What Dr. Rushdoony brings out so clearly is the element of “constant judgment on all other men,” for reviling is nothing if not a judgment upon the character, conduct, intellect, integrity, or other attribute of the target. Rather than letting God judge, we elbow God out of the way and do the judging for Him. Man prefers to be in “constant judgment on all other men” because it places man on top as judge, as the standard of right and wrong, truth and error.
This is precisely why Rushdoony says the revilers act “as their own gods”: because they usurp God’s prerogative. God, after all, might be silent, “testing the sons of men with His eyelids” (Psalm 11:4),8 and the reviler then justifies his words as needful and righteous. His words are neither of these things—rather, they exclude him from inheriting the Kingdom of God.
Building Character or Revealing It?
Social media, such as Facebook, are venues that often bring out the worst in people, whether Christian or not, Reconstructionist or not. The underlying principle is laid out by Rushdoony when discussing politics and marriage:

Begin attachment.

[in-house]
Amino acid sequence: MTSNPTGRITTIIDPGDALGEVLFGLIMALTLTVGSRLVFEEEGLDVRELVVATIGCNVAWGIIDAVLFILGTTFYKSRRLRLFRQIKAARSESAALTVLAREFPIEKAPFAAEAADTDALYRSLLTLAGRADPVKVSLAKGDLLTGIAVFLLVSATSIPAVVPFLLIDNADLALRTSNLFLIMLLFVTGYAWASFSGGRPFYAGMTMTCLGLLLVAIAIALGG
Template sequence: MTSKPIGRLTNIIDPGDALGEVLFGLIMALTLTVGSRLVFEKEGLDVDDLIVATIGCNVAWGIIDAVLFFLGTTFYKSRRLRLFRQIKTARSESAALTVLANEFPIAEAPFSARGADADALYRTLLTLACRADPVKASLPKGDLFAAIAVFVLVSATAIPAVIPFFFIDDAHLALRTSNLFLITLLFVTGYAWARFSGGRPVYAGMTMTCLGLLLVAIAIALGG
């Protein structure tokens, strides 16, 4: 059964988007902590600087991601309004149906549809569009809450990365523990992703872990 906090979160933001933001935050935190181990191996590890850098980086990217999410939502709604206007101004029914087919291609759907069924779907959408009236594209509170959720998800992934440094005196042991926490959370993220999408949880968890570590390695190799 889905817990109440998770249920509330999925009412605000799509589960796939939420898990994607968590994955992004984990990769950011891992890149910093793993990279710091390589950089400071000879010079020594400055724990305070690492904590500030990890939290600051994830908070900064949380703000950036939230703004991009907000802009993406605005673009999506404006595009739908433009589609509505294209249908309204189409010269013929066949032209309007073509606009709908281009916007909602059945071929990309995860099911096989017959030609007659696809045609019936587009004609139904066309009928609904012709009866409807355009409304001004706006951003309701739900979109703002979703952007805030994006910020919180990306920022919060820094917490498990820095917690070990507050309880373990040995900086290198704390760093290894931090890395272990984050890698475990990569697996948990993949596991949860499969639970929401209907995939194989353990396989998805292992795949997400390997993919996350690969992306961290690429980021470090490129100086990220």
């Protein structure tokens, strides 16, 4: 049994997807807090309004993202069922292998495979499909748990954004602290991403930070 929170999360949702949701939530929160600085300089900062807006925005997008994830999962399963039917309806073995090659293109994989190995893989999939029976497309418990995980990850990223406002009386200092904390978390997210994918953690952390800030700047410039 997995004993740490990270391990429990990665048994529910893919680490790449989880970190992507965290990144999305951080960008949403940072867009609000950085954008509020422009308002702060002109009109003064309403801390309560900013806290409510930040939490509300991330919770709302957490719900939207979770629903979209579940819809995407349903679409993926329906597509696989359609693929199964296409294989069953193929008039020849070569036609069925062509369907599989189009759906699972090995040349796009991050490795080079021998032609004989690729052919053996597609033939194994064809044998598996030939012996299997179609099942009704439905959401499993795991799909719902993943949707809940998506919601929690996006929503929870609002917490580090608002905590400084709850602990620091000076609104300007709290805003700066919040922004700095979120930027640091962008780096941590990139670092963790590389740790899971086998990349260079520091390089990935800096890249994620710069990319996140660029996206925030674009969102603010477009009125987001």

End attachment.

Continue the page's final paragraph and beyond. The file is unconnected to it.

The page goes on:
Politics is an area of order, not the means to order. Similarly, marriage is an area of order, not the means to order and peace. A man and woman who are at peace with God and with one another can establish godly order in marriage because they bring order and peace to marriage. Marriage simply gives greater scope for the already existing condition and allows its extension, and, conversely, if there is neither peace nor order in the life of man, marriage will increase the scope of his disorder.9
This is what we see in social media: it increases the scope of man’s disorder. These venues become mirrors that show us who we truly are, and the picture is often an ugly one. Yet we’re prone to double down on our ugliness. In other words, our conduct on Facebook reveals our character by giving greater scope to what we bring to it.
Moreover, there is a contagious element to reviling: seeing other Christians, especially respected ones, indulge in it can numb us to its dangers. As A. R. Fausset pointed out, “There is less danger of associating with open worldlings than with carnal professors.”10 Matthew Henry observed that Christians tend to be “naturally upon their guard” around the unregenerate and worldly men: “They are apt to have a horror at their wicked practices. But the dread of sin wears off by familiar converse with wicked Christians.”11
Therefore, beware the leaven of the revilers who identify as Christians.
The First of Two Examples We Should Follow
In Jude 9, we read about Michael disputing with the devil over the body of Moses. The point that Jude makes is how Michael speaks to the devil. Michael “dared not bring against him a reviling accusation, but said, ‘The Lord rebuke you!’” (NKJV). Other versions render the term as “railing accusation” or “railing judgment,” which Young’s Literal Translation renders “an evil-speaking judgment.”